Hibbert evidently left the arena very quickly after the game, no slo mo.

    (stolen from Twitter)

  35. Brian Cronin Post author

    Ha. That’s classic. I still can’t believe the dude actually said “no homo.” That’s so hilariously stupid. Almost as stupid as saying that you wouldn’t respect a teammate like Derrick Rose and then tweeting Rose “no disrespect” (I won’t forget, Bradley Beal, I’ll never forget!).

  36. Brian Cronin Post author

    By the way, check out this hilariously stupid defense of Hibbert’s use of “no homo” I saw in some newspaper online:

    Hibbert’s use of “no homo” was meant to indicate that the explanation leading up to it should not be seen as an expression of positive personal sentiments regarding James, who has been a fierce rival of Hibbert’s in this ongoing Eastern Conference Finals.

    He was explaining that James’ skills were what led him to be able to take advantage of Hibbert in the Saturday showdown, but that his respect for LBJ’s game should not be misconstrued as an indication that he harbors any particular good will for him.

    No, you moron, that is not what Hibbert was saying. He used the term after saying “LeBron was scoring in the post or getting to the paint ’cause he was stretching me out so much.” So no, he was not saying it because it sounded like he was being too complimentary about Lebron. He was saying that the phrase he used about Lebron “stretching me out so much” “sounded gay,” hence the use of “no homo.”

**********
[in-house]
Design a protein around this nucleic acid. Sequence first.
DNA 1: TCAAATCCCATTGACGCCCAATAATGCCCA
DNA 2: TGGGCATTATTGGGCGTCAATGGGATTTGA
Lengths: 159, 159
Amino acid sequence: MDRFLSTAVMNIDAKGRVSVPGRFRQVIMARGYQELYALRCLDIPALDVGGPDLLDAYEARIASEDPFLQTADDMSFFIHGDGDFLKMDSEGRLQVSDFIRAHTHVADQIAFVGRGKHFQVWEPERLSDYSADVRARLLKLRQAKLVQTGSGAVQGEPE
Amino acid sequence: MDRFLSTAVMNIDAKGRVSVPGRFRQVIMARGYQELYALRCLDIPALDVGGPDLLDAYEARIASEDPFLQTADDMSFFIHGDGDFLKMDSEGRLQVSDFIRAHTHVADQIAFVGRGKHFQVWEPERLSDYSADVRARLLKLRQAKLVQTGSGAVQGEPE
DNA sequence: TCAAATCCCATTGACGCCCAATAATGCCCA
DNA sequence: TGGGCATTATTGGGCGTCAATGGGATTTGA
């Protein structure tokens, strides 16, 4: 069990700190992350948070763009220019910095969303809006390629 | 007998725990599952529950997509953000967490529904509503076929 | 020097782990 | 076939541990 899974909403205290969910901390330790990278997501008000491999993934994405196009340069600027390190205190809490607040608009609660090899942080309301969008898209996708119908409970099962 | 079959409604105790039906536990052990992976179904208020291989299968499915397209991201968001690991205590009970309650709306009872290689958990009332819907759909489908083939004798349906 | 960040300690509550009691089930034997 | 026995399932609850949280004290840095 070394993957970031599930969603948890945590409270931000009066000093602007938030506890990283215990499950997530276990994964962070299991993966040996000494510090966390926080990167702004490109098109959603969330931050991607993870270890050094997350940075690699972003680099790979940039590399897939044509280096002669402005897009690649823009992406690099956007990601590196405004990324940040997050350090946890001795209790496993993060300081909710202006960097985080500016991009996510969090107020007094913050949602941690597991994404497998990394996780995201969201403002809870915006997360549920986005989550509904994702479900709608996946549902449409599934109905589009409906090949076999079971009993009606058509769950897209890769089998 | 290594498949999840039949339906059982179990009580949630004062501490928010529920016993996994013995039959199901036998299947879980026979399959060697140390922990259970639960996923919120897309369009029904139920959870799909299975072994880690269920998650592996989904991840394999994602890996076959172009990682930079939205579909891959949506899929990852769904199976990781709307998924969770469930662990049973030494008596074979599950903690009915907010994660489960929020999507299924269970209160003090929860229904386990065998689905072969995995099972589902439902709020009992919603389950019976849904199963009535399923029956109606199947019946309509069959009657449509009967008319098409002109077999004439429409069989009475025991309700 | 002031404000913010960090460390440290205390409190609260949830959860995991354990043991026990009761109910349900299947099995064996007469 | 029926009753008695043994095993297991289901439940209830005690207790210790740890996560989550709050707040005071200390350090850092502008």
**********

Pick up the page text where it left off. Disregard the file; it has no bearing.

Such a moronic defense.

  37. BigBlueAL

    Marc Stein late-night tweet:

    “As Knicks look to inject their team with some youth, word is they’ll be taking a summer-league look at top D-League prospect Toure Murry.”

    Anyone ever heard of this kid??

  38. Brian Cronin Post author

    Never heard of him, but neither his size nor his numbers in the D-League look all that impressive. But heck, that’s what the summer league is for, right? To find those surprising players. And Chris Smith, of course. ;)

  39. Hubert

    BigBlueAL:
    Marc Stein late-night tweet:

    “As Knicks look to inject their team with some youth, word is they’ll be taking a summer-league look at top D-League prospect Toure Murry.”

    Anyone ever heard of this kid??

    He was on that Wichita State team that made noise in 2012, but I can’t say I remember him. He’s a 6-5 guard, and the way things have gone with Grunwald recently I’m sure he’ll exceed all expectations and become a solid pro and we’ll all want him to play over JR Smith by April.

  40. KnickfaninNJ

    My impression is that point guards who do surprisingly well right out of the draft are usually scoring point guards. Being able to run an NBA team right out of college is much rarer especially late in the draft. A euro league or maybe D-league guy seems a more likely way to get a competent bench point guard than our 24th position draft pick.